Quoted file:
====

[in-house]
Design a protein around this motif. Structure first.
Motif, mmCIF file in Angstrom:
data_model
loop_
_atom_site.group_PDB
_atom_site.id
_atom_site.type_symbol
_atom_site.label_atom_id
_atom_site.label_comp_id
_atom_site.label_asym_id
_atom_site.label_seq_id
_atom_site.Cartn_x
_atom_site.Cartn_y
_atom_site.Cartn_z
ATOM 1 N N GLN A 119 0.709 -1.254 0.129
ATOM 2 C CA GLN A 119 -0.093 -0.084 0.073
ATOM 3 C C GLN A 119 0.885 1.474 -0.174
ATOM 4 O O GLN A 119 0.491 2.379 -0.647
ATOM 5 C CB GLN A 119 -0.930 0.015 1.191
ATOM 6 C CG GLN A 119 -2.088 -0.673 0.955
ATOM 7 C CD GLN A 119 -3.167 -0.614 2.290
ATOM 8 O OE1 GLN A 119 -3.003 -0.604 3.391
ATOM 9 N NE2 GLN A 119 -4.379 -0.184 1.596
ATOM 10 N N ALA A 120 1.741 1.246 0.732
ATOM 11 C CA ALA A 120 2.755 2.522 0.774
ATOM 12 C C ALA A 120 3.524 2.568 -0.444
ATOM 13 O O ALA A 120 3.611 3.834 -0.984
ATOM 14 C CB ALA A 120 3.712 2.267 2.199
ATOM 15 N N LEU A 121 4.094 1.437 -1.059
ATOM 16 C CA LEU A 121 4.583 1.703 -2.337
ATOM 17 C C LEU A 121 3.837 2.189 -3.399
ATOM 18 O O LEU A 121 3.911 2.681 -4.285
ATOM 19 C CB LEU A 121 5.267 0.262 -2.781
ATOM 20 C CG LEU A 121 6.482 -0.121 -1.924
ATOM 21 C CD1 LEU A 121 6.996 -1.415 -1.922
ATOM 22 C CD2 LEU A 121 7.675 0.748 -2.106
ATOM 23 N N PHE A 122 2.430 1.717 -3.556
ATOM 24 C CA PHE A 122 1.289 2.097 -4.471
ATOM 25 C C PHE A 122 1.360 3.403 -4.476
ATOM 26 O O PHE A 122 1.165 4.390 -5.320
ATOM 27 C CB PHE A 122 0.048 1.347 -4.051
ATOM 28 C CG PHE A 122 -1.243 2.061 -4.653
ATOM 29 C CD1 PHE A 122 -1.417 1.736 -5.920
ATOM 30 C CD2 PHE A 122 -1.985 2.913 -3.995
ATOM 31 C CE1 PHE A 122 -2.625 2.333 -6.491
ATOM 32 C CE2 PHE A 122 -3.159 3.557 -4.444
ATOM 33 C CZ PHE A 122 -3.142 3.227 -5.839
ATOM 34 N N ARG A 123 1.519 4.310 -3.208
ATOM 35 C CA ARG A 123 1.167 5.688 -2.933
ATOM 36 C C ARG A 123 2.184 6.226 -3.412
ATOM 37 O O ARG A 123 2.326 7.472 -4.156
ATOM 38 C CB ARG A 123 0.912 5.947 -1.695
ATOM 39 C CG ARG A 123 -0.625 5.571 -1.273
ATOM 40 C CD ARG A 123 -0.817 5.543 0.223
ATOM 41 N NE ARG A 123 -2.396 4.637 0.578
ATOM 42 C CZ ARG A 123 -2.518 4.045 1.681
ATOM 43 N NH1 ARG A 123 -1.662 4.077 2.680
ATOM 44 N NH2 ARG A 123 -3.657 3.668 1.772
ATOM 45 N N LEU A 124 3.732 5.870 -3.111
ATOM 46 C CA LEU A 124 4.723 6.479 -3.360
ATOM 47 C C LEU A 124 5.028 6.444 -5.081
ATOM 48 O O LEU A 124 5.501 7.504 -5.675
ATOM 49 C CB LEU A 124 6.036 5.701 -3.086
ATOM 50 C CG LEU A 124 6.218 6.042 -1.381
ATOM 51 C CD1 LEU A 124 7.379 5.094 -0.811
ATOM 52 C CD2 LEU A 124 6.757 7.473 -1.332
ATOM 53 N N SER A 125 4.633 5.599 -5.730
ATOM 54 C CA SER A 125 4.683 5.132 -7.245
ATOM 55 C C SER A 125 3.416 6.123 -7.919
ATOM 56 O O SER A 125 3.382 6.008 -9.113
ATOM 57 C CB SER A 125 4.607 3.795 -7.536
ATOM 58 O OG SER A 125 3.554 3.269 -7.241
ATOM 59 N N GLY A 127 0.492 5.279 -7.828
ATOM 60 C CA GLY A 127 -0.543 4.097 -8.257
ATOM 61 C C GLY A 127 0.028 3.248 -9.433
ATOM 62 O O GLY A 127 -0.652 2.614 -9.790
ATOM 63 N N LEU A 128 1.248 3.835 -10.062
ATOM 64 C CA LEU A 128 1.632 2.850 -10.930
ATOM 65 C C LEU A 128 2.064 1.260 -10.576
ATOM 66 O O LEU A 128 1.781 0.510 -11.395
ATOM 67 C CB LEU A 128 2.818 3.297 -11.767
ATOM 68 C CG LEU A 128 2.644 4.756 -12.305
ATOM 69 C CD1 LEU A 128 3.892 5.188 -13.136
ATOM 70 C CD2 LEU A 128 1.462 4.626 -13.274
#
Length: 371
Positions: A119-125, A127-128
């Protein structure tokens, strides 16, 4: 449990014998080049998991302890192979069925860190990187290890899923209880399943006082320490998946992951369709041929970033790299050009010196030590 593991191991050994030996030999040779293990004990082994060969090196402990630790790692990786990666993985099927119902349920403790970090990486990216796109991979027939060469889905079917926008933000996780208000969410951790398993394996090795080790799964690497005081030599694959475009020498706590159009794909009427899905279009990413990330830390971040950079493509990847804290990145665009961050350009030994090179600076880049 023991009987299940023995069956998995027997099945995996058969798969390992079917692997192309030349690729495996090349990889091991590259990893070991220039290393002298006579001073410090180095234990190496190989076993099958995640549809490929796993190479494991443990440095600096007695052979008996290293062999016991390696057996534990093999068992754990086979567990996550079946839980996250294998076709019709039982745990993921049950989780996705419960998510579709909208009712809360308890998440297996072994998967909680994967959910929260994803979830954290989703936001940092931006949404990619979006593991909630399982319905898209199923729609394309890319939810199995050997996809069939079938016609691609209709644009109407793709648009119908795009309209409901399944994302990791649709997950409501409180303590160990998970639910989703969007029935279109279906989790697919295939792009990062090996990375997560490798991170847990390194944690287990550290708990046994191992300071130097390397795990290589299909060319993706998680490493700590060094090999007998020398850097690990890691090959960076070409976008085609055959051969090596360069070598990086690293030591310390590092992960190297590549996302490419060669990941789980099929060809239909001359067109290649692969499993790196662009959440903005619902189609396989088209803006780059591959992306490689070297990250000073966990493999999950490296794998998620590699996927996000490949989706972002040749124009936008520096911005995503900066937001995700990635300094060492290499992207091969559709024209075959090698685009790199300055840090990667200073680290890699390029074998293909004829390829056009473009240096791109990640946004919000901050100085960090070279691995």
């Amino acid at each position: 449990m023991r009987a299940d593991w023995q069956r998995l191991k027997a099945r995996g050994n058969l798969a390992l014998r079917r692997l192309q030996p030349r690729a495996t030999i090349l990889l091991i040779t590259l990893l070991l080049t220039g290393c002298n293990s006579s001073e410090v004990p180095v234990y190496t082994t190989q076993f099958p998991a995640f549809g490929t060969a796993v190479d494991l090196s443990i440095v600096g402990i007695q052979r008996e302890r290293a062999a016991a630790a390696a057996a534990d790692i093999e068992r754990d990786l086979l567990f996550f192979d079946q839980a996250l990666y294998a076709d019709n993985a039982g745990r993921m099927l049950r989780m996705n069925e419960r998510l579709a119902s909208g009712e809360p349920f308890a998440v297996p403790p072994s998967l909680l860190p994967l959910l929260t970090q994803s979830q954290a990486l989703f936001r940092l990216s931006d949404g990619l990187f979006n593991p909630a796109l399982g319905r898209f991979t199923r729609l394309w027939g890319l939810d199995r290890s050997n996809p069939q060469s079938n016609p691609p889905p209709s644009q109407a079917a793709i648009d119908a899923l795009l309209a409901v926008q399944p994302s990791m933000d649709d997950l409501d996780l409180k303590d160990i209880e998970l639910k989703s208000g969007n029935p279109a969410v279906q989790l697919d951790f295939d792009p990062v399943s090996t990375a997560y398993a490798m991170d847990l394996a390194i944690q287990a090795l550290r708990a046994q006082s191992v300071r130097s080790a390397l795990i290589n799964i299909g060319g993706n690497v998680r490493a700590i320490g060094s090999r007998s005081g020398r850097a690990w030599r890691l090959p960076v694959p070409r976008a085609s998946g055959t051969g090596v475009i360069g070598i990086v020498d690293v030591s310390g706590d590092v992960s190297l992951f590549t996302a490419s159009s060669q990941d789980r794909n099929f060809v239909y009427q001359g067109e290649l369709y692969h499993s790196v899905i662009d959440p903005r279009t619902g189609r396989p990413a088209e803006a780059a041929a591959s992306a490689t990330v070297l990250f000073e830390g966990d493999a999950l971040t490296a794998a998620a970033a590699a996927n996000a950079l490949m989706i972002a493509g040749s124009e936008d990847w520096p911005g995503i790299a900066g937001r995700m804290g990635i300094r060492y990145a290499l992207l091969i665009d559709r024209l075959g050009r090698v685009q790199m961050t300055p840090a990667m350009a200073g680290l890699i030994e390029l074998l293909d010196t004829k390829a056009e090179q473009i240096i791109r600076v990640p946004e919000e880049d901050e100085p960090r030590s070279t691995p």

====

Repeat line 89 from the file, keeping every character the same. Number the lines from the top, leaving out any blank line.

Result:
């Protein structure tokens, strides 16, 4: 449990014998080049998991302890192979069925860190990187290890899923209880399943006082320490998946992951369709041929970033790299050009010196030590 593991191991050994030996030999040779293990004990082994060969090196402990630790790692990786990666993985099927119902349920403790970090990486990216796109991979027939060469889905079917926008933000996780208000969410951790398993394996090795080790799964690497005081030599694959475009020498706590159009794909009427899905279009990413990330830390971040950079493509990847804290990145665009961050350009030994090179600076880049 023991009987299940023995069956998995027997099945995996058969798969390992079917692997192309030349690729495996090349990889091991590259990893070991220039290393002298006579001073410090180095234990190496190989076993099958995640549809490929796993190479494991443990440095600096007695052979008996290293062999016991390696057996534990093999068992754990086979567990996550079946839980996250294998076709019709039982745990993921049950989780996705419960998510579709909208009712809360308890998440297996072994998967909680994967959910929260994803979830954290989703936001940092931006949404990619979006593991909630399982319905898209199923729609394309890319939810199995050997996809069939079938016609691609209709644009109407793709648009119908795009309209409901399944994302990791649709997950409501409180303590160990998970639910989703969007029935279109279906989790697919295939792009990062090996990375997560490798991170847990390194944690287990550290708990046994191992300071130097390397795990290589299909060319993706998680490493700590060094090999007998020398850097690990890691090959960076070409976008085609055959051969090596360069070598990086690293030591310390590092992960190297590549996302490419060669990941789980099929060809239909001359067109290649692969499993790196662009959440903005619902189609396989088209803006780059591959992306490689070297990250000073966990493999999950490296794998998620590699996927996000490949989706972002040749124009936008520096911005995503900066937001995700990635300094060492290499992207091969559709024209075959090698685009790199300055840090990667200073680290890699390029074998293909004829390829056009473009240096791109990640946004919000901050100085960090070279691995």